By Jim VandeHei and Charles Babington
Washington Post Staff Writers
Thursday, May 19, 2005
Six-term Sen. Ted Stevens is among the Senate's gruffest members on his best days, but on Feb. 26, 2003, he was downright angry. As Democrats blocked yet another one of President Bush's judicial nominees, he sat in a wooden chair in the Republican cloakroom and told a group of colleagues and aides, "We can put an end to this now!"
He could march into the chamber, the Alaska Republican told them, assume the presiding officer's seat and rule that the minority party could not filibuster this or any future judicial nominee. The audacious idea sparked so much excitement that GOP aides dubbed it "the Hulk," after the fictional green muscleman featured on Stevens's necktie that night, Stevens confirmed in an interview. For months, "Hulk" was the Republicans' code word for a dramatic plan they wanted to hide from Democrats.
Stevens's outburst gave voice to many Republicans' frustrations and birth to a strategy for shutting off debate on judicial nominees with a simple majority, rather than with the 60 votes now required, that is transfixing the Senate and promises a showdown next week unless a compromise is struck. Such a compromise has proved elusive for 27 months, even though many lawmakers think that Senate leaders and the White House could have averted a collision by backing off a bit at any number of crucial junctures.
Instead, the partisan feuding over judicial nominees escalated into a constitutional face-off with far-reaching ramifications for the Senate, federal courts, White House powers and the futures of aspiring presidential candidates. The sharply partisan debate opened yesterday, with the Republican leader charging that Democrats want to "assassinate" nominees, and the Democratic leader denouncing the administration's "arrogant power."
Stevens's hatching of the Hulk plan, later dubbed the "nuclear option," was surely a turning point. But there were other pivotal moments in the saga that triggered retaliatory actions by the two parties and led to the current crisis.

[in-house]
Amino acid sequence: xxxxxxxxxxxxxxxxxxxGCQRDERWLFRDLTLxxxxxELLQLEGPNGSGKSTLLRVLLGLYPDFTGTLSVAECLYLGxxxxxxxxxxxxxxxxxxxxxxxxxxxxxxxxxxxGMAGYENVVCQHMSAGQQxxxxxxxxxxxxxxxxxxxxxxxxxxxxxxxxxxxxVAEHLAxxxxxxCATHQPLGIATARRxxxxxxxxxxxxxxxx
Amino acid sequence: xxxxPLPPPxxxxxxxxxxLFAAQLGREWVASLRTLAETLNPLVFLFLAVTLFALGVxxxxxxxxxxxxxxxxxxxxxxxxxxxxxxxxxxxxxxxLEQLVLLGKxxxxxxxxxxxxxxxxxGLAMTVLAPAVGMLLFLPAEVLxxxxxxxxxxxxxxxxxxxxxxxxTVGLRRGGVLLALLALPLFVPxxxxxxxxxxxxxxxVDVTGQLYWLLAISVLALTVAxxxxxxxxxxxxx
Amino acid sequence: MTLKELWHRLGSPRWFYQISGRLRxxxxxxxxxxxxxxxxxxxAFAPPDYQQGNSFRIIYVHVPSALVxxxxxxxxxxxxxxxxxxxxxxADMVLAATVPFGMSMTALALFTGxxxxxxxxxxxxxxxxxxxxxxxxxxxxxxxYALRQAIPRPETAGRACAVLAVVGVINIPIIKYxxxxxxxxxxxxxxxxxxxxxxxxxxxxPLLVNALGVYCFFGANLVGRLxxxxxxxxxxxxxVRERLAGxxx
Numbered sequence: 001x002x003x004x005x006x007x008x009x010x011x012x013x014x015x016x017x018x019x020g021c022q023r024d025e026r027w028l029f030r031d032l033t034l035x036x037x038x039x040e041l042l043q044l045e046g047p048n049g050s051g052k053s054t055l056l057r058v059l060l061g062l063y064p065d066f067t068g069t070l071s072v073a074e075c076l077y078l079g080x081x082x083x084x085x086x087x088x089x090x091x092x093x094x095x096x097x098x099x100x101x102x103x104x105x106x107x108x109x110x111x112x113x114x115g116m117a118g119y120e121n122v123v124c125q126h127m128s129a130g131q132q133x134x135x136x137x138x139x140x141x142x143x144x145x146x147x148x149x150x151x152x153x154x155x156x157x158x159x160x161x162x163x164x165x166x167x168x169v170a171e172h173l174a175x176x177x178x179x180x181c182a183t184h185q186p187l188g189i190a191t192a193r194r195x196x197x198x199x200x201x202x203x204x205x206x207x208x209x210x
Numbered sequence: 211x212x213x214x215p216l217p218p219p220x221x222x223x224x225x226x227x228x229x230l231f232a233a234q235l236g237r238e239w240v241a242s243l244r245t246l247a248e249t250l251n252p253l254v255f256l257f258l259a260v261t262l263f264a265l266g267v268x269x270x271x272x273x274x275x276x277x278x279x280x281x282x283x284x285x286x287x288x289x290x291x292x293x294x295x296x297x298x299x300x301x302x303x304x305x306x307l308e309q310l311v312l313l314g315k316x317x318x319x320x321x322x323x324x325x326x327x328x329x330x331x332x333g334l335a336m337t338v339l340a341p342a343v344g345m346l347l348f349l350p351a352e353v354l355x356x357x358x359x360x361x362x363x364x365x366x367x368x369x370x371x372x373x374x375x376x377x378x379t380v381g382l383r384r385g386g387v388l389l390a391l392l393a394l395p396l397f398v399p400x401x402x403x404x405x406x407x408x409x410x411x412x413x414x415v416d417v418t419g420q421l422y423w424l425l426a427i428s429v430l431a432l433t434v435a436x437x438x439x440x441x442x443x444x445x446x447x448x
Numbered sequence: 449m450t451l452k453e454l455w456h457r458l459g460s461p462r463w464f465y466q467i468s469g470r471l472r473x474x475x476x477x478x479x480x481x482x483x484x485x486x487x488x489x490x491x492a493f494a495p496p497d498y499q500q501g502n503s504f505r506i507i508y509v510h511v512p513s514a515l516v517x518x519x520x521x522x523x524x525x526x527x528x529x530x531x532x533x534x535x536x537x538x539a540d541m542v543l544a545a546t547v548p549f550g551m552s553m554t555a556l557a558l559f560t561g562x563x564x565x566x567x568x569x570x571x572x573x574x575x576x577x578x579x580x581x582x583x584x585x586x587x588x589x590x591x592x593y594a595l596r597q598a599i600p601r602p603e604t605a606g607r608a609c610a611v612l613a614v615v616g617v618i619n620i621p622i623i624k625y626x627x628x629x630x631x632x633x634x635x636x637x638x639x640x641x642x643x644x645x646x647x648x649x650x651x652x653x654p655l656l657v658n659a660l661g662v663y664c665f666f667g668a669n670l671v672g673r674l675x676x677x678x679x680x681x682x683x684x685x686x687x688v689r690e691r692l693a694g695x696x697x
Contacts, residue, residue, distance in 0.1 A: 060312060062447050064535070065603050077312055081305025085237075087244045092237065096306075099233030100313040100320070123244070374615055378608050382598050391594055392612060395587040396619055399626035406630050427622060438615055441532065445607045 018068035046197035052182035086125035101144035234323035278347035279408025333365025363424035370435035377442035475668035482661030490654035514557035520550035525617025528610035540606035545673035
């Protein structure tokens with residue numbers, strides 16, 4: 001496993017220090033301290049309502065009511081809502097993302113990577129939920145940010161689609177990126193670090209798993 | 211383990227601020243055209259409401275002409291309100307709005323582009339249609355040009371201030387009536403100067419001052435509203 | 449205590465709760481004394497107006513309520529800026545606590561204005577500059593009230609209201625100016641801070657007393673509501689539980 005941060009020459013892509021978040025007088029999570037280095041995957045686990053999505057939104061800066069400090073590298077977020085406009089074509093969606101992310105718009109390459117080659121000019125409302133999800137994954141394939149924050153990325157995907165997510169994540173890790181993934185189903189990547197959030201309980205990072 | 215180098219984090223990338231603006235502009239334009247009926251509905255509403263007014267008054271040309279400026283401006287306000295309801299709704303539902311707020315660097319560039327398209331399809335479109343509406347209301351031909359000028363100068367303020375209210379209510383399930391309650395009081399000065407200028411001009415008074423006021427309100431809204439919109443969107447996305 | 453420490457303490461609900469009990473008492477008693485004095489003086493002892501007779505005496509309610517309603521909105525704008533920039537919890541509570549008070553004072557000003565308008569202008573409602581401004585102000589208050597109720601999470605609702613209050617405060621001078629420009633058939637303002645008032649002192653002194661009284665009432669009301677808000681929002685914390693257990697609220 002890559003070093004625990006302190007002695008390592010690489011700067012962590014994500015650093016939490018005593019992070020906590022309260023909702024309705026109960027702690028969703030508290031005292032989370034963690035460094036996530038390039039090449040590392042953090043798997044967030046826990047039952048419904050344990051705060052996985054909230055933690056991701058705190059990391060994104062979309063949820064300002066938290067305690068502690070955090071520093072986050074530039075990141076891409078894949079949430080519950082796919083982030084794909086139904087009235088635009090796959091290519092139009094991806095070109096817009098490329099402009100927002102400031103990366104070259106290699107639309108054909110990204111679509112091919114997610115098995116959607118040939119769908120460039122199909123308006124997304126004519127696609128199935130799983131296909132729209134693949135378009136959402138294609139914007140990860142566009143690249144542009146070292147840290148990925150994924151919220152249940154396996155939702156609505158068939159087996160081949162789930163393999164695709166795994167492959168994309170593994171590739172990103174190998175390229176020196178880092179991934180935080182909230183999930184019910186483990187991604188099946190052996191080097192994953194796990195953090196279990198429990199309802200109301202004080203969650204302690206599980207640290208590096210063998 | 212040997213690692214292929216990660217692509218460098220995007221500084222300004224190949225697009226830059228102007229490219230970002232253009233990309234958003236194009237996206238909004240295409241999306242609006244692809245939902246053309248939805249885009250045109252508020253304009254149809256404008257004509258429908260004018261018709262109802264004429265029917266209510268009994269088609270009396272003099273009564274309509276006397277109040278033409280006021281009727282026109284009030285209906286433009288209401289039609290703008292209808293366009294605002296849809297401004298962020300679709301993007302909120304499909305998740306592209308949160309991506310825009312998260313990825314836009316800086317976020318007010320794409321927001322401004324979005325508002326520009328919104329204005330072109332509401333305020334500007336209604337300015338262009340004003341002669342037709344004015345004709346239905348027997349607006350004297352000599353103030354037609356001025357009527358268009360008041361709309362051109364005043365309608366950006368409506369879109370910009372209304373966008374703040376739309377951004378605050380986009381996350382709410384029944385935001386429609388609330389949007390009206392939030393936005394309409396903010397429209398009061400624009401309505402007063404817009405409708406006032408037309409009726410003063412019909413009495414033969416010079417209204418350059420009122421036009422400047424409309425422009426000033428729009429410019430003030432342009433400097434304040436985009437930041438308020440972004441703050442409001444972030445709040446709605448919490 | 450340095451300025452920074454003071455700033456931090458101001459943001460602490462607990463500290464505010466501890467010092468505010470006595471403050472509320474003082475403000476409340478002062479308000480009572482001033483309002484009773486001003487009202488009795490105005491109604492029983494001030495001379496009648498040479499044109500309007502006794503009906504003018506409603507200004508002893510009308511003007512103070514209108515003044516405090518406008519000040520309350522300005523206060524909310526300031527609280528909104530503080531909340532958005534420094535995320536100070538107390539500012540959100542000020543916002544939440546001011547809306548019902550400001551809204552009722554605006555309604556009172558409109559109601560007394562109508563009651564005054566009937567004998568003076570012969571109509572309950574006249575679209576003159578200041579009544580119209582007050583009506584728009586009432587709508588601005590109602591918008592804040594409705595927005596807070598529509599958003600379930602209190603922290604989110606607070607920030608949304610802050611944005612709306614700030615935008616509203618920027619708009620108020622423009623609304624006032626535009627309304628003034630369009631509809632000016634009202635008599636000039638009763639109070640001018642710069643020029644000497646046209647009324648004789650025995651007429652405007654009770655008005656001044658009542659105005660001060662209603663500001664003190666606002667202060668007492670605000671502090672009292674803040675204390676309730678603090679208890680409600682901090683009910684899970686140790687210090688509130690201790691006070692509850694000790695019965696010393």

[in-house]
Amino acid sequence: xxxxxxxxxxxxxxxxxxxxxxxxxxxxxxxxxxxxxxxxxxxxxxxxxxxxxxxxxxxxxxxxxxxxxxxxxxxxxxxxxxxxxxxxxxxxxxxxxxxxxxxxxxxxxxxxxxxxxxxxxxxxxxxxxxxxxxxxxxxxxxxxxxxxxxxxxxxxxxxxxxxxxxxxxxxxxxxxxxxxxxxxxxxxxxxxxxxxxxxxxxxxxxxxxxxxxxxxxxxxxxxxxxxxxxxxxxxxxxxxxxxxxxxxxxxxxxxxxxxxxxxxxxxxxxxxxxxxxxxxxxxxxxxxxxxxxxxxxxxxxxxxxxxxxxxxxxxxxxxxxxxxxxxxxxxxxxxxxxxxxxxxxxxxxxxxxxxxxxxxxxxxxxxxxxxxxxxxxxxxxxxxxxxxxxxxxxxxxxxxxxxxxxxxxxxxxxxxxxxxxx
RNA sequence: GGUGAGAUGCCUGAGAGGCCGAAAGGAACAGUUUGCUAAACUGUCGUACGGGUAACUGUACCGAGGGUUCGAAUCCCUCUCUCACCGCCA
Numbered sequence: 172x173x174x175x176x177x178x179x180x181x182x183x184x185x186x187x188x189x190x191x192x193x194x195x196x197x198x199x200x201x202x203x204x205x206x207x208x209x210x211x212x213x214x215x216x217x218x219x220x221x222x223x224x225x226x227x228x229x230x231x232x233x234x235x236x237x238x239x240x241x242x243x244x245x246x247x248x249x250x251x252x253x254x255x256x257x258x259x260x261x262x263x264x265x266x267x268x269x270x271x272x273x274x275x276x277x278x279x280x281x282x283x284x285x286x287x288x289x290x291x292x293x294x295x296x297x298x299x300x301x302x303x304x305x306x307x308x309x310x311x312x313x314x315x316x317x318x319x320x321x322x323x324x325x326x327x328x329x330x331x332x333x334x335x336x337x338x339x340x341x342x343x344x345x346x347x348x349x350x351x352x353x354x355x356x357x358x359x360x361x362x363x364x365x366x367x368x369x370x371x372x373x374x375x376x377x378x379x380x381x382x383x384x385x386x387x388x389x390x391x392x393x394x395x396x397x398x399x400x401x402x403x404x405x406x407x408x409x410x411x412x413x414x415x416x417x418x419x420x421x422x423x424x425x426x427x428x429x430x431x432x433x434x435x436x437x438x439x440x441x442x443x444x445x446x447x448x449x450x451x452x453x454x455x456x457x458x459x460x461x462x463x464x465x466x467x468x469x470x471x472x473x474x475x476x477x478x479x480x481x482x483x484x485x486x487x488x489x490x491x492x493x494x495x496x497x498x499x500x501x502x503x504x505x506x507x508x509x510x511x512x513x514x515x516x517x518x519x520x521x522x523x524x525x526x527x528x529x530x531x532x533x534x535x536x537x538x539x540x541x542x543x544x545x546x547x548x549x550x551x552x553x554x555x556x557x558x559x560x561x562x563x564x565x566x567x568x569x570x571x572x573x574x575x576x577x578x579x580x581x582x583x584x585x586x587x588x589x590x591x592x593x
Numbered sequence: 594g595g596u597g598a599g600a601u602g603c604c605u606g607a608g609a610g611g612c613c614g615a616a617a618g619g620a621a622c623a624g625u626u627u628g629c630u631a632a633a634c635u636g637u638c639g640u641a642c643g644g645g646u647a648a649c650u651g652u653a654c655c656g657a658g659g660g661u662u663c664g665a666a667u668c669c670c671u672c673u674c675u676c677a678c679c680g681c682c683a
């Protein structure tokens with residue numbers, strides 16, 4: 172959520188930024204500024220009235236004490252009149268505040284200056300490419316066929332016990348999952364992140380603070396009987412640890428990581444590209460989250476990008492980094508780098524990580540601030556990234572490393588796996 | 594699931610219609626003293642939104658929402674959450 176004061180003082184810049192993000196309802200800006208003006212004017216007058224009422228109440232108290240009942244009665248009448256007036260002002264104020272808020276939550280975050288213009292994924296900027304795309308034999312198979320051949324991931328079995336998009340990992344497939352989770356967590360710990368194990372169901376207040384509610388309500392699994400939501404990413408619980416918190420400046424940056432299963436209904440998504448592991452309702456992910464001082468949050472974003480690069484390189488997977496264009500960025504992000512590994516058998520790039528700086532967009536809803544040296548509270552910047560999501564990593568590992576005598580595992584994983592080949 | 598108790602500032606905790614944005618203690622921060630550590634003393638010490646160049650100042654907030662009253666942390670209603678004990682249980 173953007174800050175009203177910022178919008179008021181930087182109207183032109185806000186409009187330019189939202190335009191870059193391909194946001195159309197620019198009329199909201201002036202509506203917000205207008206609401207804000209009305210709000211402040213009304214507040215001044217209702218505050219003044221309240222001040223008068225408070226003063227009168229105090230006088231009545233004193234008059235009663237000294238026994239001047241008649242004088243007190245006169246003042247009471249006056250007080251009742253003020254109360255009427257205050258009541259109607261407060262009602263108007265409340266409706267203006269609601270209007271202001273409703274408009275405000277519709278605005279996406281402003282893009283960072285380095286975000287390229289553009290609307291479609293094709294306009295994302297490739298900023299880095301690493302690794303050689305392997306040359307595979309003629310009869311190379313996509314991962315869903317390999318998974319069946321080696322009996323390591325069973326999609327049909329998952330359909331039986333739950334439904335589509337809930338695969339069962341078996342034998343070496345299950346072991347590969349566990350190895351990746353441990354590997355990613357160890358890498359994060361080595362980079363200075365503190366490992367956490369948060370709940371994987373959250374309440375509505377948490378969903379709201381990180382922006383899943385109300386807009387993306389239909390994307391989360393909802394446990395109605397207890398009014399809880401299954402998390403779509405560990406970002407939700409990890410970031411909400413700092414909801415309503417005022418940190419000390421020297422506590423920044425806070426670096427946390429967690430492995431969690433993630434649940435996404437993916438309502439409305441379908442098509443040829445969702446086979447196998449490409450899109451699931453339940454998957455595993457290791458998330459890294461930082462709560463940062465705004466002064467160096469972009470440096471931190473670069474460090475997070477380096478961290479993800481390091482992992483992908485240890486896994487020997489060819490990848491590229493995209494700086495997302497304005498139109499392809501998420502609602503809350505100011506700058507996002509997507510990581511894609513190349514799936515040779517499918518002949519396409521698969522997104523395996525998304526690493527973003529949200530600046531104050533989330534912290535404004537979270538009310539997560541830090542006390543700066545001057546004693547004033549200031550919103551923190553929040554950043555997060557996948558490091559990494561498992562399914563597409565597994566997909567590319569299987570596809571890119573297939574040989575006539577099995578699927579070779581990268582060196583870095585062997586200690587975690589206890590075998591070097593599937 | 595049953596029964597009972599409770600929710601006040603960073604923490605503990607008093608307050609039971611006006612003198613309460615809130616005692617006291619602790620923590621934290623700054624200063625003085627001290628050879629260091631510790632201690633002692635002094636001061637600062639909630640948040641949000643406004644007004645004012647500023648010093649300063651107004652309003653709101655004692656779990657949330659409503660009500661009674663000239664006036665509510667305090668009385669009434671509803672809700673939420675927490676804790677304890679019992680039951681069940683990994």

In early 2003, Democrats were furious that Bush had resubmitted the name of appellate court nominee Charles W. Pickering Jr. of Mississippi. While they were still in power and controlled the Judiciary Committee, the Democrats in 2002 rejected Pickering's nomination, citing concerns about his civil rights record. Now in the minority, Democrats announced plans to filibuster Pickering.
Republicans bristled, but many say the nuclear option probably would have stayed in the silo if things had stopped there. They didn't.
Liberal Democrats began focusing on a second nominee, Miguel Estrada, a lawyer and a former assistant to the solicitor general. Unlike Pickering, he had never been a judge and did not have a long record of opinions and decisions. Liberals suspected he was a hard-core conservative, and they grew indignant when he declined to answer their questions fully and the White House refused to provide background documents.
Democrats faced a crucial decision. Some wanted to add Estrada to their filibuster list, a move certain to inflame Republicans. At least a dozen Democrats balked, however, saying that Estrada's blank-slate record provided much less ammunition than did Pickering's, and that a broader filibuster strategy might invite retaliation from voters and GOP lawmakers.
At a Tuesday luncheon for all 49 Democrats in the Capitol's ornate "LBJ room" in February 2003, Democratic leaders gave the floor to Sen. Charles E. Schumer (D-N.Y.), Estrada's sharpest critic. Schumer told his colleagues that Estrada and the White House had shown "total contempt" to the minority party. "We cannot let the courts be hijacked," Schumer, interviewed this week, recalled telling his colleagues.
He and his allies prevailed, and the Estrada filibuster soon began. Republican leaders now realized Democrats were pursuing the extraordinary tactic of trying to block multiple nominees with their powers to delay action. Throughout Senate history, "unlimited debate" -- which can include filibusters -- has been permitted to block action on nominees and most legislation. Since 1975, 60 votes in the 100-member chamber have been required to shut off debate. Republicans held 51 seats in 2003, and 55 seats now.
With the Estrada debate underway, Republicans threatened lawsuits and political retribution. But it was not until Stevens raised the "Hulk" option that serious talk of a historic rewrite of Senate precedents ensued. It gained momentum after Republicans found misplaced computer memos by Democratic staff members talking of even more possible filibusters -- suggesting that the Democrats had a secret plan for blocking several more candidates.
Within weeks of the "Hulk" meeting, former Republican leader Trent Lott (R-Miss.) coined the term "nuclear option" to describe a rule change that would ban judicial filibusters and allow up-or-down votes on the president's nominees. The notion once had seemed unimaginable, but Lott and other conservatives now favored it.